We only visited there a few days each summer of my California childhood til I turned ten. You’d think I stopped by that sprawling place just this week the way I can describe it, but I haven’t been to my grandparents’ ranch since they sold it forty-five years ago.
Aren’t memories a mystery?
Wrapped up in nostalgic scents and colorful images, they come with clues about who we are. I just couldn’t put my finger on the significance of this one, even though I knew it was vital to recovering an important part of me.
My dad said his folks’ ranch was nicknamed Escobita after the purple wildflowers that surrounded it every spring. I just remember the buzzing creosote bushes—yellow with bees—that lined the walk to the front door. I learned not to stick my nose in noisy blossoms, but I still love the smell of those sticky green bushes. And when you pour in a little rain? Man, to me that’s heaven. If you ever get to sniff the fragrance of the desert after a deluge, you can thank the creosote for the sweet, fresh scent that hangs in the air. It’s like . . . a desert daiquiri—a sublime sip that reminds me of that ranch.
The house at Escobita was modest, built of round river rocks that were probably gathered nearby. Rivers in Arizona don't have water, they have sand and rocks. I remember there was a wide open room they called the breezeway, right through the middle of the home, separating bedrooms from the living spaces. And on each end it was punctuated with screen doors to exploit wayward breezes.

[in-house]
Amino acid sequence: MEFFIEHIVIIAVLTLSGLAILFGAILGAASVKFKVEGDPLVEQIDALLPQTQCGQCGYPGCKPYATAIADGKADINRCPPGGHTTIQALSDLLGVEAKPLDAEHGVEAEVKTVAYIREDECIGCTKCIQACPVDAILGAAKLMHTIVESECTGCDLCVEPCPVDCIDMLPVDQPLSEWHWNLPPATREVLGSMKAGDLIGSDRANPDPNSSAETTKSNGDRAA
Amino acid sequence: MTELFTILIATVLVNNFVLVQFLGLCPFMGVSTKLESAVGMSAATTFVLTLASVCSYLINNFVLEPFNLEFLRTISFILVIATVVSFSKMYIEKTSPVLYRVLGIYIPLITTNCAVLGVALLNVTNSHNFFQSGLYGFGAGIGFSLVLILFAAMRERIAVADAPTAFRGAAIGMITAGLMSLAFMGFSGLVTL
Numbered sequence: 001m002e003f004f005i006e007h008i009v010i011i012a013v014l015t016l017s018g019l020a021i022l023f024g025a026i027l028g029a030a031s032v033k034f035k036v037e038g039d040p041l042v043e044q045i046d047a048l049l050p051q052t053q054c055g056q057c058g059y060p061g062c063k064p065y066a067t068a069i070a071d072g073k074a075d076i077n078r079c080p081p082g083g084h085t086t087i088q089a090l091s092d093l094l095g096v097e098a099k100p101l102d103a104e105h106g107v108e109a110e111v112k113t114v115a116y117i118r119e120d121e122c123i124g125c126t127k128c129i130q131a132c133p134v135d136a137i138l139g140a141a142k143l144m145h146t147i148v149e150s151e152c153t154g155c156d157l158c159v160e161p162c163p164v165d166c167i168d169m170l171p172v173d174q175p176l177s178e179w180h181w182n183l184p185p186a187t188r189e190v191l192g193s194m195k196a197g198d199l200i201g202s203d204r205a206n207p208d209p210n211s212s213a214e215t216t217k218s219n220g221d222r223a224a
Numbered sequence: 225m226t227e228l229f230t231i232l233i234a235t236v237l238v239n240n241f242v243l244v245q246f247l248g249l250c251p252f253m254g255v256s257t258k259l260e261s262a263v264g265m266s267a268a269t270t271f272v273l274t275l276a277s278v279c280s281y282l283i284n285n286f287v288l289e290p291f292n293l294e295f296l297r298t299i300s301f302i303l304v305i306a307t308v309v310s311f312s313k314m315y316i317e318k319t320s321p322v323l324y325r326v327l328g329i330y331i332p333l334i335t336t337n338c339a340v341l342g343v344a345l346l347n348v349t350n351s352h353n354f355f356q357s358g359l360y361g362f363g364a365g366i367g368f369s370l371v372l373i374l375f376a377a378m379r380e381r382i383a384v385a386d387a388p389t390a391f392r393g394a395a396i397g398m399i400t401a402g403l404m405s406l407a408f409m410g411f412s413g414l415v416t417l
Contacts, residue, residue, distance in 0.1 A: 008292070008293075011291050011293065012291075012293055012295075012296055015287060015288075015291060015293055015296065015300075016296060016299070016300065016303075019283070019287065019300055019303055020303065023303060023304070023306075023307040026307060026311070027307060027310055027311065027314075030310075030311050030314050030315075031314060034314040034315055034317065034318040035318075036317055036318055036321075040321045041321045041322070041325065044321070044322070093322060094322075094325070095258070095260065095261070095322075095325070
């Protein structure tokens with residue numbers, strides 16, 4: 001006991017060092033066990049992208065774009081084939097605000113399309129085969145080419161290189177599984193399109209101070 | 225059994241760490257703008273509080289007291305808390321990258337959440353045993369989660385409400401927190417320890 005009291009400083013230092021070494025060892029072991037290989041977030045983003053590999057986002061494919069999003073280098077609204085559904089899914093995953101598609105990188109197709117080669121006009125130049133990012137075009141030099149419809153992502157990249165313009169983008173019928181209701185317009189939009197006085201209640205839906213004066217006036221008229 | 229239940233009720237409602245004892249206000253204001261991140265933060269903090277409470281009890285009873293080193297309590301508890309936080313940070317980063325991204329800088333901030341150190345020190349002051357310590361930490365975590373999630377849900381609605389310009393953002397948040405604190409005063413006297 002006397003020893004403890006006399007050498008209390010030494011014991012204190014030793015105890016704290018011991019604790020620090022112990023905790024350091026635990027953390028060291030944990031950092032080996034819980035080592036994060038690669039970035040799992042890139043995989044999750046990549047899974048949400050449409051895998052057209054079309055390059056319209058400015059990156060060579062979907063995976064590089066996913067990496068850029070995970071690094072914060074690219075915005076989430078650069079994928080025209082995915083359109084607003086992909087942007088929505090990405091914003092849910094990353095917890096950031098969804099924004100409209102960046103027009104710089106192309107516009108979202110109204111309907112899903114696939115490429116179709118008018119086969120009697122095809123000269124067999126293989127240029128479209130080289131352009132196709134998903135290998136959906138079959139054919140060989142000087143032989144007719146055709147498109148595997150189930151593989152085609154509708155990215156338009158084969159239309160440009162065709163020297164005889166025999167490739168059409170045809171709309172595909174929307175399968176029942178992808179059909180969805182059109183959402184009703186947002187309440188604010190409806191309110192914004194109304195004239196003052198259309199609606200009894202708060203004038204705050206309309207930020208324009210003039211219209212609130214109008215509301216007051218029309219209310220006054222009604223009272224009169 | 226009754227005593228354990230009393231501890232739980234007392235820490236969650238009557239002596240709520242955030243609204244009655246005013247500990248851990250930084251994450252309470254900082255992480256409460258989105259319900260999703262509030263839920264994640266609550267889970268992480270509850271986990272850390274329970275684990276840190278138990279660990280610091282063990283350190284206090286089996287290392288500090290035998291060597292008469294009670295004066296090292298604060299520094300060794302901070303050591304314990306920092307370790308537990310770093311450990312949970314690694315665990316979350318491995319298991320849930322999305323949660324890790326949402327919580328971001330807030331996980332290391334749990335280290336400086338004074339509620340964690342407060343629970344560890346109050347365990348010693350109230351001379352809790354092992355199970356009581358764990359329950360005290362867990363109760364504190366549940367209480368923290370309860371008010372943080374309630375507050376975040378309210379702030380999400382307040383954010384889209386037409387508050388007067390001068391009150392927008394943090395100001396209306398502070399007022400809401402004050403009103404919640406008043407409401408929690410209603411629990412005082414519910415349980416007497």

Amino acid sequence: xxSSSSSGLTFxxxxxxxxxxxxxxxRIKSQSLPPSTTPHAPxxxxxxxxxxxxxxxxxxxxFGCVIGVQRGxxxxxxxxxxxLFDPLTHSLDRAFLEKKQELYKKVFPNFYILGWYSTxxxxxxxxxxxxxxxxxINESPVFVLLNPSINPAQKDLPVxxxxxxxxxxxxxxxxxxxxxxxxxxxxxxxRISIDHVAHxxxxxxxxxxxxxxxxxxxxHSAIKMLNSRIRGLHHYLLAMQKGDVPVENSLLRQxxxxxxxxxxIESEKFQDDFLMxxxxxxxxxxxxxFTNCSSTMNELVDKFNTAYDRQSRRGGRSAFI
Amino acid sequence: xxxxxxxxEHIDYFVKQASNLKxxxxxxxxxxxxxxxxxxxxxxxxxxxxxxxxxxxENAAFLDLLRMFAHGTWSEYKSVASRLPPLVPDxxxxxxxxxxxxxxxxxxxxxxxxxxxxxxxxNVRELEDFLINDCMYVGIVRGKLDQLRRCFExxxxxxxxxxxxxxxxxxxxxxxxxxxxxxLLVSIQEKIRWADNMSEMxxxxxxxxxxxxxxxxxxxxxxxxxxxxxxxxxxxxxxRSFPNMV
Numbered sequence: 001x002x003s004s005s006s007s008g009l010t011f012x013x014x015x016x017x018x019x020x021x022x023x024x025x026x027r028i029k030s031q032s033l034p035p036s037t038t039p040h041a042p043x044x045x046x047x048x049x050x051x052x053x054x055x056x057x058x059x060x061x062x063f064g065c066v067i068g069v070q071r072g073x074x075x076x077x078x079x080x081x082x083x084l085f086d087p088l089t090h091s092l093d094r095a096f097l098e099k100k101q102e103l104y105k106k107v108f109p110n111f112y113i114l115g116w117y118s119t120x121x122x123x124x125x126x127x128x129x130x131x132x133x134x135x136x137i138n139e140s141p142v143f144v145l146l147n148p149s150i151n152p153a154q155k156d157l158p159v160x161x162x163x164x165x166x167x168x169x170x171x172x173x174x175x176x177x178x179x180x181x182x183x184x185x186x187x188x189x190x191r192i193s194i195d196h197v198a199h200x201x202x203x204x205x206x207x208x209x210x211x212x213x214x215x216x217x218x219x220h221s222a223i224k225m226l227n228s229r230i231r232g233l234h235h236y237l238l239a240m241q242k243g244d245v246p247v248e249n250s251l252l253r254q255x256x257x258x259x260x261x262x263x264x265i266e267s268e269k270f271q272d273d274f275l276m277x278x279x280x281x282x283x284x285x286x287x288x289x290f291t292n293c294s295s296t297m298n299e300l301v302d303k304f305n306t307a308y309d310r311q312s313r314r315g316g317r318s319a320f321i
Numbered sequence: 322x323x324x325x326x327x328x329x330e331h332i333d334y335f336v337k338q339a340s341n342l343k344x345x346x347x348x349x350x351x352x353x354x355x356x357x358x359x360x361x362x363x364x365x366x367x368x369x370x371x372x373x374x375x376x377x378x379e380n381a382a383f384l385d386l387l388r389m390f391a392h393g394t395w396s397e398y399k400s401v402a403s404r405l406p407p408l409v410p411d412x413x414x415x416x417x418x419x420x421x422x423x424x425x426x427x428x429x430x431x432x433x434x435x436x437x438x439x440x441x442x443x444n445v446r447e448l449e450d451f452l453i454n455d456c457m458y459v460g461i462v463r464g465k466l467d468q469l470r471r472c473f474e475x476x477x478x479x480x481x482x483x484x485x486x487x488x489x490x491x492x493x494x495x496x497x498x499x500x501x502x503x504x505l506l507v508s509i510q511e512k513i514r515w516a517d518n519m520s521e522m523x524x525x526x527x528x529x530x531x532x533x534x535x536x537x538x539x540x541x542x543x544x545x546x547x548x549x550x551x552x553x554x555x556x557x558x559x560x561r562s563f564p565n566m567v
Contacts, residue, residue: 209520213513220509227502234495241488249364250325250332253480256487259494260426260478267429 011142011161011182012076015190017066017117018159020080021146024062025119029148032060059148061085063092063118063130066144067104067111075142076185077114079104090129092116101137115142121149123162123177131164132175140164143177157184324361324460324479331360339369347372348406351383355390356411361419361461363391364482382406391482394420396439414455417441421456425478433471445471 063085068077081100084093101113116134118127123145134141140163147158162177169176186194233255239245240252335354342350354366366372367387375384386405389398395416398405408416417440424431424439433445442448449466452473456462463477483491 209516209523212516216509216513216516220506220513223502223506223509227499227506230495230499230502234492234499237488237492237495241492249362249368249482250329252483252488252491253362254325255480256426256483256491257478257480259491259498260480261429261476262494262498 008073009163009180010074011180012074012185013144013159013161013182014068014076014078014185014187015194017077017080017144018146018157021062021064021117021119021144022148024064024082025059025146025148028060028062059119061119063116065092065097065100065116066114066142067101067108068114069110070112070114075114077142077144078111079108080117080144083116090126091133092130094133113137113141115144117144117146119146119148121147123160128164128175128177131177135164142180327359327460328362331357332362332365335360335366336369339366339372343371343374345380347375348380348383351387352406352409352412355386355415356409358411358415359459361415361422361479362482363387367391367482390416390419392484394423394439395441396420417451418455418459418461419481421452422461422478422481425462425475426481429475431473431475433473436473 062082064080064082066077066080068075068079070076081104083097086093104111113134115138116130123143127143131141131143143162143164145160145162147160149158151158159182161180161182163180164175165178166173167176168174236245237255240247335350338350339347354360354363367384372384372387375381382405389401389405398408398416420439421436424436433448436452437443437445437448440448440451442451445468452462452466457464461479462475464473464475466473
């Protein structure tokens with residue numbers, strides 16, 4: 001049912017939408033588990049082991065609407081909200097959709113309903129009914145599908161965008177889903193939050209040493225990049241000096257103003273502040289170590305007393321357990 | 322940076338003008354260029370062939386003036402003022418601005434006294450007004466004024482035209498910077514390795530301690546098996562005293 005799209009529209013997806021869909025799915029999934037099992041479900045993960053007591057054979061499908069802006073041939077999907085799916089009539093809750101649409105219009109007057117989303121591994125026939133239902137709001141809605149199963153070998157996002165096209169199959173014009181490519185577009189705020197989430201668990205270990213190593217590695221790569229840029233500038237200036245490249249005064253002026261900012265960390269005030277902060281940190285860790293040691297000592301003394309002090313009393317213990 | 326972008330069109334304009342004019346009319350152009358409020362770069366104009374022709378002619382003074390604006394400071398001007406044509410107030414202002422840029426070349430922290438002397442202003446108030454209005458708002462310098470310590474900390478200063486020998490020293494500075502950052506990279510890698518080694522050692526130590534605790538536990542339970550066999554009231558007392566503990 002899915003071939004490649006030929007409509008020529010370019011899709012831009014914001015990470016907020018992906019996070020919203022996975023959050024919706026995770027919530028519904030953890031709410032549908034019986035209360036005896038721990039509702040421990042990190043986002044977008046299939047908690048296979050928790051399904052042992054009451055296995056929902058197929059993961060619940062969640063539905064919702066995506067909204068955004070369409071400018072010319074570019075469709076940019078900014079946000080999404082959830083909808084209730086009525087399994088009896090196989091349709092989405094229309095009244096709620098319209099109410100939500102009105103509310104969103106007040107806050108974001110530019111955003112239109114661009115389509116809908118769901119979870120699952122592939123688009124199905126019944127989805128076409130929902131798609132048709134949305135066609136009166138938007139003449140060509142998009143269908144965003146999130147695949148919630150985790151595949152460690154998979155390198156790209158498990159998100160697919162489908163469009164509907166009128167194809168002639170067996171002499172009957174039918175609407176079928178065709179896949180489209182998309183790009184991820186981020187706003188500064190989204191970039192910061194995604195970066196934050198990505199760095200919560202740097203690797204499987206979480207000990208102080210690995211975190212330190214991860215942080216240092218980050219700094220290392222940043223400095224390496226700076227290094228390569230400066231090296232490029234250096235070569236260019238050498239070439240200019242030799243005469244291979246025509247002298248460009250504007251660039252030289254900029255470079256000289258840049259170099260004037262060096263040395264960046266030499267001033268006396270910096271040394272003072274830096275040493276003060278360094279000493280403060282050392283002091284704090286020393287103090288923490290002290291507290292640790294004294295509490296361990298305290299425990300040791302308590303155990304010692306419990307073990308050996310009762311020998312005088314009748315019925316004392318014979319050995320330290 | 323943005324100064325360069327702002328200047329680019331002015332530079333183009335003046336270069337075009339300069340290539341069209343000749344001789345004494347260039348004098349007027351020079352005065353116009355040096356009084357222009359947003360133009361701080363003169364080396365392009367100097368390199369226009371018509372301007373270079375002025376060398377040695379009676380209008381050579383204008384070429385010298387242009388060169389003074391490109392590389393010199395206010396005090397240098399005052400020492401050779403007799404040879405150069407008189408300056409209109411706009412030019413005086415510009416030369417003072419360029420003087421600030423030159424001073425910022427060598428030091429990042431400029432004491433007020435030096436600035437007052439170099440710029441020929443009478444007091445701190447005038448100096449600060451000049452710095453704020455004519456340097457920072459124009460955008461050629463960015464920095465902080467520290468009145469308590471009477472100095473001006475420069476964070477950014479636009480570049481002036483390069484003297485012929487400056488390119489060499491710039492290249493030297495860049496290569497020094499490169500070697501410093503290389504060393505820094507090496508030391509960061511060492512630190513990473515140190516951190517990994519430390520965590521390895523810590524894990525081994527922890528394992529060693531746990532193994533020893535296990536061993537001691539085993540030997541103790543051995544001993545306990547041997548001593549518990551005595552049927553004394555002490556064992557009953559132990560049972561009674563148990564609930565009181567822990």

At the back of the kitchen was another door that led to a cool, tunnel of a room. That one connected the main house to the garage. The house had no air conditioning. Not even a “swamp cooler”. The only relief from summer’s triple digits was concrete floors, electric fans, and an escape atop the garage where you could go sleep at night when the house was too hot.
I remember the vivid display of stars from that rooftop, but I don’t think I ever really slept up there—I was too afraid the howling coyotes might climb the stairs to our outdoor bedroom. My granddad said they wouldn’t eat me, but why take chances?
I often dream of houses. But they're always different, with surprise rooms hidden behind door after door, level after level. And I only dream of each one once. I dreamt of my grandparents' home dozens of times. For years, I wondered if that meant it was a metaphor of my life.It didn’t follow a cookie cutter layout—neither do I. It had surprising qualities, and some dark corners with a few scary critters—I can relate to that. I can still picture my grandmother killing scorpions on the walls.
I thought it was a neat house, but if it was metaphorical, there was one outstanding memory of the place I couldn’t make sense of.
Like a leftover piece of a puzzle, it just didn’t fit.